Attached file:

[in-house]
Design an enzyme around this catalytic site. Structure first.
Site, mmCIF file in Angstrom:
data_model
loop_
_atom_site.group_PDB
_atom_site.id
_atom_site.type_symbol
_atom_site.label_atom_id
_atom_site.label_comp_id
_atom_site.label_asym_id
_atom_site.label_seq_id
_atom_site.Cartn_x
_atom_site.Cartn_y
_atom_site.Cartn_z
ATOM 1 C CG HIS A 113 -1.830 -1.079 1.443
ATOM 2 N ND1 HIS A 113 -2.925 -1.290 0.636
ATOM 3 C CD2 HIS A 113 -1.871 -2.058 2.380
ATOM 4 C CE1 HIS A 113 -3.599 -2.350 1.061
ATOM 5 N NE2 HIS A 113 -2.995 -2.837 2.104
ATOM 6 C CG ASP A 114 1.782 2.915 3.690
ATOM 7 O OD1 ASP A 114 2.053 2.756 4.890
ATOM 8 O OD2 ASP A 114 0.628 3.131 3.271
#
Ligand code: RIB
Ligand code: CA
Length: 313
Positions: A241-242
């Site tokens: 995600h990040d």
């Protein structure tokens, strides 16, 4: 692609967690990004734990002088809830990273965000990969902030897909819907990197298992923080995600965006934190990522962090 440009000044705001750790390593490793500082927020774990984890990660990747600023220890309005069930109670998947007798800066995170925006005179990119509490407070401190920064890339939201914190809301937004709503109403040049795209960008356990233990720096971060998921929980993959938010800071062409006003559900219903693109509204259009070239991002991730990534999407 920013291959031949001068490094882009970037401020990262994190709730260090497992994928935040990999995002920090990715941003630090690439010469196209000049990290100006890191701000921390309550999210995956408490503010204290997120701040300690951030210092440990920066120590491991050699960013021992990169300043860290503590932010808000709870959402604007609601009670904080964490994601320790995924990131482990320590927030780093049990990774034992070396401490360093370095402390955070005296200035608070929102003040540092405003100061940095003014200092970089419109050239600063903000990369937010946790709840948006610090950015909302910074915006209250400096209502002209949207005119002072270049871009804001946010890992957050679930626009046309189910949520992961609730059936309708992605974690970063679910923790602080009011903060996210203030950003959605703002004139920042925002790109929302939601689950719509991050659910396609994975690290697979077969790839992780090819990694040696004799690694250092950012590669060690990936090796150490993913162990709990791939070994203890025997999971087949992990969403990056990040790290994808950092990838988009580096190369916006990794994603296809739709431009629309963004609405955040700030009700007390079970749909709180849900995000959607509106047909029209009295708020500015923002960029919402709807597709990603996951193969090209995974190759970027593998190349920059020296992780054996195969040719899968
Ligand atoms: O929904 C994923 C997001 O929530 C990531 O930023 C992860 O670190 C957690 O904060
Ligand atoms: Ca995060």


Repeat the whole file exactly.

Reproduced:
[in-house]
Design an enzyme around this catalytic site. Structure first.
Site, mmCIF file in Angstrom:
data_model
loop_
_atom_site.group_PDB
_atom_site.id
_atom_site.type_symbol
_atom_site.label_atom_id
_atom_site.label_comp_id
_atom_site.label_asym_id
_atom_site.label_seq_id
_atom_site.Cartn_x
_atom_site.Cartn_y
_atom_site.Cartn_z
ATOM 1 C CG HIS A 113 -1.830 -1.079 1.443
ATOM 2 N ND1 HIS A 113 -2.925 -1.290 0.636
ATOM 3 C CD2 HIS A 113 -1.871 -2.058 2.380
ATOM 4 C CE1 HIS A 113 -3.599 -2.350 1.061
ATOM 5 N NE2 HIS A 113 -2.995 -2.837 2.104
ATOM 6 C CG ASP A 114 1.782 2.915 3.690
ATOM 7 O OD1 ASP A 114 2.053 2.756 4.890
ATOM 8 O OD2 ASP A 114 0.628 3.131 3.271
#
Ligand code: RIB
Ligand code: CA
Length: 313
Positions: A241-242
């Site tokens: 995600h990040d």
């Protein structure tokens, strides 16, 4: 692609967690990004734990002088809830990273965000990969902030897909819907990197298992923080995600965006934190990522962090 440009000044705001750790390593490793500082927020774990984890990660990747600023220890309005069930109670998947007798800066995170925006005179990119509490407070401190920064890339939201914190809301937004709503109403040049795209960008356990233990720096971060998921929980993959938010800071062409006003559900219903693109509204259009070239991002991730990534999407 920013291959031949001068490094882009970037401020990262994190709730260090497992994928935040990999995002920090990715941003630090690439010469196209000049990290100006890191701000921390309550999210995956408490503010204290997120701040300690951030210092440990920066120590491991050699960013021992990169300043860290503590932010808000709870959402604007609601009670904080964490994601320790995924990131482990320590927030780093049990990774034992070396401490360093370095402390955070005296200035608070929102003040540092405003100061940095003014200092970089419109050239600063903000990369937010946790709840948006610090950015909302910074915006209250400096209502002209949207005119002072270049871009804001946010890992957050679930626009046309189910949520992961609730059936309708992605974690970063679910923790602080009011903060996210203030950003959605703002004139920042925002790109929302939601689950719509991050659910396609994975690290697979077969790839992780090819990694040696004799690694250092950012590669060690990936090796150490993913162990709990791939070994203890025997999971087949992990969403990056990040790290994808950092990838988009580096190369916006990794994603296809739709431009629309963004609405955040700030009700007390079970749909709180849900995000959607509106047909029209009295708020500015923002960029919402709807597709990603996951193969090209995974190759970027593998190349920059020296992780054996195969040719899968
Ligand atoms: O929904 C994923 C997001 O929530 C990531 O930023 C992860 O670190 C957690 O904060
Ligand atoms: Ca995060």